As a responsible shooter, you need to do your bit to prevent crime. Which means taking every precaution for gun security in your car. Bill Harriman advises
Diligence not negligence
In an ideal world you would never leave your gun unattended but that is not always practical. You may need to go to the shops on the way home. Most shoots end up in the pub at the end of the day. In this case, ask the landlord if you may bring your gun inside – country pubs will generally not have a problem with that. You could buy a cable and lock or specially designed slip to secure your gun.
Think before you put shooting association window stickers on your car – they could attract the attention of a would-be gun thief.
If you follow this guidance, it would be difficult to mount a prosecution and any revocation would be unjustified. Often the police regard someone who has had a gun stolen from their car as a criminal rather than a victim. By following the guide, you can put Mr Plod on the back foot and give him a hard time for not preventing car crime.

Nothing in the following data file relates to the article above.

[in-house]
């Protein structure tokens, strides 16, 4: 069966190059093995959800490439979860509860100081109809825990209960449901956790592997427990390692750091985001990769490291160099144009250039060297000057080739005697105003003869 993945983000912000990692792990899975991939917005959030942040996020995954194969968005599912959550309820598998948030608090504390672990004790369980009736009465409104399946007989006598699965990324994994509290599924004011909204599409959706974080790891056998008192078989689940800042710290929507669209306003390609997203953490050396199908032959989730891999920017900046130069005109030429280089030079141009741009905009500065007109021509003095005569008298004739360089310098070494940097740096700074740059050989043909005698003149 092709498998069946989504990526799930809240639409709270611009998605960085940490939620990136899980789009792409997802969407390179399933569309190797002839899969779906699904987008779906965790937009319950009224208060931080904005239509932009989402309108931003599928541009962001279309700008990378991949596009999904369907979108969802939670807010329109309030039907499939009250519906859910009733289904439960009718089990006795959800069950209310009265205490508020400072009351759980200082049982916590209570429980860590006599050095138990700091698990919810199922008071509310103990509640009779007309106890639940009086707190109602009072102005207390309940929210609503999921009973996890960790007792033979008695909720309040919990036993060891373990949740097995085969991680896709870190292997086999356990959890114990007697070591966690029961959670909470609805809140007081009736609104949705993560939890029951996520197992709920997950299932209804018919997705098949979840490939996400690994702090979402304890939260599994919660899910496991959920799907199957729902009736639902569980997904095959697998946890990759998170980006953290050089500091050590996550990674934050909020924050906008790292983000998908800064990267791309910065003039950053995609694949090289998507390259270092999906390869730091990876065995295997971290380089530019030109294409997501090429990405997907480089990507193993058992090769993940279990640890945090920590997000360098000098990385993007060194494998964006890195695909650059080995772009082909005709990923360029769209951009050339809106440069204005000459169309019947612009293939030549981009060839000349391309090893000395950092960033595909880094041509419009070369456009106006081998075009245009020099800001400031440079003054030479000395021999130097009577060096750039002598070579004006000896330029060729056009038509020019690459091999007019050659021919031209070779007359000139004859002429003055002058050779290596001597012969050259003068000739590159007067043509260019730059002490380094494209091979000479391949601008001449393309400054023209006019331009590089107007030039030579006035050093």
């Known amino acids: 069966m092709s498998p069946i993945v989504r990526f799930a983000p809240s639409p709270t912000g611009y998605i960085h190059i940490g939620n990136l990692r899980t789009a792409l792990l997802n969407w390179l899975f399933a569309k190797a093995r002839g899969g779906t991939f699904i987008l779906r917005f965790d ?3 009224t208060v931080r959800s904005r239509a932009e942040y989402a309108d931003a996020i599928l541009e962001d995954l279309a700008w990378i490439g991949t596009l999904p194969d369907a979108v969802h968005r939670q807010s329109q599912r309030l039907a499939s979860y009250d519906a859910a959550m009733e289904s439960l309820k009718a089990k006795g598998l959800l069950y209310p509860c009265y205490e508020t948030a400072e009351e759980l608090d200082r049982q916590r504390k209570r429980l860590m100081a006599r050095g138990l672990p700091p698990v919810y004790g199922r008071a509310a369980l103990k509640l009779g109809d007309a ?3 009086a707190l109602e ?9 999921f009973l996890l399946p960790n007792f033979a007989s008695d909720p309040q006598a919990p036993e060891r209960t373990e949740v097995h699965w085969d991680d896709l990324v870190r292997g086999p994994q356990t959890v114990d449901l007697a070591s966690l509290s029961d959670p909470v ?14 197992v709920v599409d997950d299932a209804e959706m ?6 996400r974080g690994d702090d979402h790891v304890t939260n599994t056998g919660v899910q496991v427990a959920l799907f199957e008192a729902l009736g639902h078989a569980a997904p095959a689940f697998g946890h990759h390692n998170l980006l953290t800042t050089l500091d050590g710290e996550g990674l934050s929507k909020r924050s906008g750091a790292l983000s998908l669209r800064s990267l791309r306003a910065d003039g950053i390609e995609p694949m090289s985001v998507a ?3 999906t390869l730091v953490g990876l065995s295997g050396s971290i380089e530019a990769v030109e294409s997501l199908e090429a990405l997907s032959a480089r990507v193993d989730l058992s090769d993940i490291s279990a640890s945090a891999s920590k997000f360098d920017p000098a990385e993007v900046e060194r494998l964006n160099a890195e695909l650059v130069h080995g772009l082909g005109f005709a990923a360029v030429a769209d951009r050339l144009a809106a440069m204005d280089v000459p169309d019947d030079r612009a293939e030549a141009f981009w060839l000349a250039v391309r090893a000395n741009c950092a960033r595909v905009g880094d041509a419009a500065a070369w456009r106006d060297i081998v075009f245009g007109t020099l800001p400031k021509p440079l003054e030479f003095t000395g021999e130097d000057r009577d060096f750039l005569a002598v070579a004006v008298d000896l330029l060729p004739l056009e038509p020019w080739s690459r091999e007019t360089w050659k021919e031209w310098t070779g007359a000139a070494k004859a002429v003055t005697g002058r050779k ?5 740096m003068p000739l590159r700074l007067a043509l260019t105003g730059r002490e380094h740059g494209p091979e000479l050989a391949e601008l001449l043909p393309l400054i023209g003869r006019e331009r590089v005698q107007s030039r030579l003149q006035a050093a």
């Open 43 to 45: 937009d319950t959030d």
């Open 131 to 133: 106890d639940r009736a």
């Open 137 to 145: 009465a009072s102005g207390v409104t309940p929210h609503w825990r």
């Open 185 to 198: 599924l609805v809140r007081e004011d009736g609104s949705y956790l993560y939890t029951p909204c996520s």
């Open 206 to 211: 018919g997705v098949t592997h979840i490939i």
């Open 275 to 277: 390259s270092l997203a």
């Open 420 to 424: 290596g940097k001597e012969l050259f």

A stolen shotgun is a very serious incident
The police properly view a stolen shotgun as a very serious incident. The prospect of a lethal weapon in the hands of a petty thief is bad enough — the consequences of it ending up in an armed robbery do not bear thinking about. If there has been any negligence or recklessness on your part, your certificate will be revoked and you may be prosecuted as well. The loss of a gun is not just a personal catastrophe, it is also a PR disaster for the sport. It only takes a single theft reported in a local paper to make the public think we are all irresponsible slackers. Don’t let the side down.